Tuesday, August 9, 2011

The Ads of Dragon: Middle Earth Role Playing

In my younger days, I was largely limited to buying RPGs that I saw on game store shelves. I knew I could use mail order to get games I never saw locally, but I never did so -- never did so, that is, until I saw this ad in issue #85 (May 1984):
Back then, I liked to think of myself as an admirer of Middle-earth, but, in truth, I had only the most superficial appreciation of Tolkien's works. So, when I saw this advertisement, showing a dwarf, a pair of hobbits, and two Men (unless the woman is actually an elf -- it's hard to say for sure) looting some forgotten tomb of its riches, I knew I wanted to buy this game. Middle Earth Role Playing was the first RPG I ever ordered through the mail and my friends and I had a lot of fun with it, even if the adventures we played out would likely have horrified Tolkien.

Every now and again, I find myself wishing I still had my copy of this game, but it disappeared long ago. On eBay, most of the copies on offer are later versions with the Angus McBride artwork, which I've never much liked -- heresy, I know!

17 comments:

  1. This is one of my "great regrets" in the RPG world: never had a copy and never got to play it. Only so much RPG money as a kid and it always got pushed to Runner-Up status (If Marvel Super Heroes cannot perform its duties, etc...) Maybe someday I'll scrounge up a copy and find a few people interested, just to fill that gap.

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  2. By the time this came out I had already discarded D&D for RQ and CoC. Arbitrary classes, levels, mismatched resolution systems and buckets of hitpoints seemed so primitive and inelegant in comparison. Since MERP was based on Rolemaster and RM was basically D&D on steroids I had no interest in it.

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  3. MERP was my first non-D&D RPG. I sold all my MERP stuff on eBay a year or two ago. I'm starting to regret that now, a little (but it did give me the cash to collect up some WFRP1e books).

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  4. Definite heresy; I had the McBride Galadriel photocopied & hung it on the cockboard on my wall!

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  5. It is surprising that I never bought MERP, but I did buy the Lord of the Rings Adventure Game, which was in a red box with an Angus McBride cover with Eowyn fighting the Witchking, and then Rolemaster. I just bought a copy of the 1st edition of Merp at a Half Price Books store the other day though. :)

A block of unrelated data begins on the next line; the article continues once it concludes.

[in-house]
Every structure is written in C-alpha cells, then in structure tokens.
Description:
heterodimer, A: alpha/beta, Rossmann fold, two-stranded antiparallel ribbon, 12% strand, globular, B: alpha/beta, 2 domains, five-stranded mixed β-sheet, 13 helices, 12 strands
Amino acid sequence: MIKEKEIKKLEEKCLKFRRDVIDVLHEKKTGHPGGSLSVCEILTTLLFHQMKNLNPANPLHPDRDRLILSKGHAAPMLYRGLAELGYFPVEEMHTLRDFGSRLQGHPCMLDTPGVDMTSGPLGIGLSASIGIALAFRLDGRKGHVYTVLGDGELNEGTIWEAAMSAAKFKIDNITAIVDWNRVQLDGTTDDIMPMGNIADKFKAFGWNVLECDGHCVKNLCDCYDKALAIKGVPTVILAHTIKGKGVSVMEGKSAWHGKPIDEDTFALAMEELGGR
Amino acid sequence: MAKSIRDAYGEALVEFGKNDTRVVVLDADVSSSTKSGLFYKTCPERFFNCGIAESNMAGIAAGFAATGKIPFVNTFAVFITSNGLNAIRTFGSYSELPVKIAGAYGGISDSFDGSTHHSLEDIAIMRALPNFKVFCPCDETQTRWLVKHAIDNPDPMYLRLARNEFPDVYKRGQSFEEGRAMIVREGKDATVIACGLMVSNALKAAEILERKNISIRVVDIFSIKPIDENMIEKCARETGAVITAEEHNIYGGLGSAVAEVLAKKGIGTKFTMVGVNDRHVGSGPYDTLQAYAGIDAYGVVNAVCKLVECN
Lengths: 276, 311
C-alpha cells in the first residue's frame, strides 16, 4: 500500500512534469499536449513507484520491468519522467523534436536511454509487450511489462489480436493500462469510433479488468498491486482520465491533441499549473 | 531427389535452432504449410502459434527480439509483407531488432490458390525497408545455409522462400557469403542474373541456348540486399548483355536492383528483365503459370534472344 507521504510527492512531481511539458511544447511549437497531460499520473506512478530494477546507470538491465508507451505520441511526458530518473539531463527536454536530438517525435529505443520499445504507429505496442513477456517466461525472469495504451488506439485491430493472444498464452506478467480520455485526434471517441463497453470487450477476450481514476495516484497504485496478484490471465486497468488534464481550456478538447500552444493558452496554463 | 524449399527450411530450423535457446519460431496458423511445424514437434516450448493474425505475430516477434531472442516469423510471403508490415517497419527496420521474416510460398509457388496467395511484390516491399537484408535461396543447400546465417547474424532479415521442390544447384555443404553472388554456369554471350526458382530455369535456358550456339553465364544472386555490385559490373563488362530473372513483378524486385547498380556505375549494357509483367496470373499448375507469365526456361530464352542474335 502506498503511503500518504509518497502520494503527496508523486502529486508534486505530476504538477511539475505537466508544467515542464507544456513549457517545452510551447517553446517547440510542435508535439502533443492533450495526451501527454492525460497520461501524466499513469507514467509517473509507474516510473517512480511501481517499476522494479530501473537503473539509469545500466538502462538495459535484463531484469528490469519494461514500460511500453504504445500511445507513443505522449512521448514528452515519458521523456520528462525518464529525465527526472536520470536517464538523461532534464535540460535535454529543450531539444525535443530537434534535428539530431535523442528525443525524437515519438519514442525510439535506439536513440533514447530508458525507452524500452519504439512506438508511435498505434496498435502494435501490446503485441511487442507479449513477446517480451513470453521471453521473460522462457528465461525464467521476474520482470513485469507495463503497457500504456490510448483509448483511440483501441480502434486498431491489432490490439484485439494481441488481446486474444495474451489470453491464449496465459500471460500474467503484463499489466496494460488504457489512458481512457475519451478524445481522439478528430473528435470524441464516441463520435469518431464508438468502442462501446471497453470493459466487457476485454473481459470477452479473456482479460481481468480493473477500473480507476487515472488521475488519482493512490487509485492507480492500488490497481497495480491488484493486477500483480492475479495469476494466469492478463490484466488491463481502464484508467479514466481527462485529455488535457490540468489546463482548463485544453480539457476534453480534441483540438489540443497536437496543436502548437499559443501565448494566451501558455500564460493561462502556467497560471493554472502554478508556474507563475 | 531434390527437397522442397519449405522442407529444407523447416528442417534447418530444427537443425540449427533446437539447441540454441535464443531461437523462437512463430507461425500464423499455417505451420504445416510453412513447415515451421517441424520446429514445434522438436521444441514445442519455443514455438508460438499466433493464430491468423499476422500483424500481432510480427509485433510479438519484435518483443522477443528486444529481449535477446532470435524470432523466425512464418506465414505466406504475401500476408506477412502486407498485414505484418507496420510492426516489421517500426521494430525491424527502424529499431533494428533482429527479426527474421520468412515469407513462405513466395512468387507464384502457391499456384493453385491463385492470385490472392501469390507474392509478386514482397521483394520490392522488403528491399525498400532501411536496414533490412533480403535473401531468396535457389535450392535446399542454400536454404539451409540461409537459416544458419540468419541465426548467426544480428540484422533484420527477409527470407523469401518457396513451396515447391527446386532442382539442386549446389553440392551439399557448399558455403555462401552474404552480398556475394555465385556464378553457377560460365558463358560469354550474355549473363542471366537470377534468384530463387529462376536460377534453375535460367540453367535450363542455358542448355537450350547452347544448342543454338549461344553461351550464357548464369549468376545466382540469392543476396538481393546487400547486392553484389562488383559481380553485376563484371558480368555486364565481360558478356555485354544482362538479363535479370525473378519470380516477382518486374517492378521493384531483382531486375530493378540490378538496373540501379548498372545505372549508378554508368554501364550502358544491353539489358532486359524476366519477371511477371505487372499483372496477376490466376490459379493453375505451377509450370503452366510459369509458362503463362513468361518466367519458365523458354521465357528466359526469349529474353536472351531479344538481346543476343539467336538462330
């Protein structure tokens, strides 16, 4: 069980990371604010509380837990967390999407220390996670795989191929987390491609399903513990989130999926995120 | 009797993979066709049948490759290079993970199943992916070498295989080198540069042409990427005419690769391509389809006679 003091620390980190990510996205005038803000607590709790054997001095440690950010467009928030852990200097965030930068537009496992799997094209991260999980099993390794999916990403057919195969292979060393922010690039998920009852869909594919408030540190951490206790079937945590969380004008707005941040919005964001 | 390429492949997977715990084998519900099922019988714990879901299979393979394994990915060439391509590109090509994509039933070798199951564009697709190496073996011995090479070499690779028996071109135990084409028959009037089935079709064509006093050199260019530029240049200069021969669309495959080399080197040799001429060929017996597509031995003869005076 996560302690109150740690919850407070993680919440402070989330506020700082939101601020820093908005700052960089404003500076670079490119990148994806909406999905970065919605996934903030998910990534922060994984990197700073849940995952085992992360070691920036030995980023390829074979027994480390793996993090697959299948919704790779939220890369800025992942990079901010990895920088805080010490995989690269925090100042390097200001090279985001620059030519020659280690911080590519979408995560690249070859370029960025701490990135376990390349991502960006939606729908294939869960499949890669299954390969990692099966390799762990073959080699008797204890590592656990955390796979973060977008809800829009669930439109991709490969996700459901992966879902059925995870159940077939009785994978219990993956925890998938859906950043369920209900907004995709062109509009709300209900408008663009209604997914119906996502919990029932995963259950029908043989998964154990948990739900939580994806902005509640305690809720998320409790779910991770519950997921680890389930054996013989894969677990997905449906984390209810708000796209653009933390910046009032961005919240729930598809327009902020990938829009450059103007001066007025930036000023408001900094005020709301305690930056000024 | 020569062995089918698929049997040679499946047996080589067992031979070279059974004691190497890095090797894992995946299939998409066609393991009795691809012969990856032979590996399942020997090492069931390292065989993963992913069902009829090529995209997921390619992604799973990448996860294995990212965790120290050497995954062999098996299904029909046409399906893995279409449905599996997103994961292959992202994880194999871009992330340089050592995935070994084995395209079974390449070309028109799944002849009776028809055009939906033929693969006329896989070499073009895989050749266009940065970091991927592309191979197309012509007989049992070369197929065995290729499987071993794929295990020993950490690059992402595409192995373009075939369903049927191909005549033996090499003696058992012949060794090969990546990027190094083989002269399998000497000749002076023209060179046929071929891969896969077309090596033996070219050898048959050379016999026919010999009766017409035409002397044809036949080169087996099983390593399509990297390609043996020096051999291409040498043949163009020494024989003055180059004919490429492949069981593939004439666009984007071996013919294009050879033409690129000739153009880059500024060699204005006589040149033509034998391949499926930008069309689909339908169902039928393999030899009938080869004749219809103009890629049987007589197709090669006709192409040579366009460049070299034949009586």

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  6. Never cared much for the Rolemaster system (Or its "Lite" version in MERP), but I loved many of the MERP supplements and adventures.I regret not buying more back then than I did, especially when I see what outlandish prices they now command on eBay...

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  7. "Definite heresy; I had the McBride Galadriel photocopied & hung it on the cockboard on my wall!"

    @mordicai - That's quite the Freudian slip, there :).

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  8. @Samwise7. The ME Adventure Game is a great little system. There is a free, slightly updated version available as a PDF.

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  9. Bought this edition for a song in my local game shop just before the 2nd edition came out. It came with two twenty-sided d10, one of them glow-in-the-dark. Still got both somewhere.

    I loved Merp, although most of GMs treated it more or less like a Tolkien-flavored D&D. Still, with the proper GM, it could be really great.

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  10. I've some time contemplating the idea of get some classic D&D modules and porting them to Middle-earth. It'll be both challenging and funny to se how the old Gygaxian tropes can be translated to Tolkien.
    The Keep on de Borderlands is no problem (a Ranger fortress in Eriador, against the trolls and goblins from a hidden Angmari outpost, perhaps) but, how crazy will be a Tolkienized Giant/Drow series?

    (Damn, sometimes I'd like to be a native english-speaker)

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  11. @liza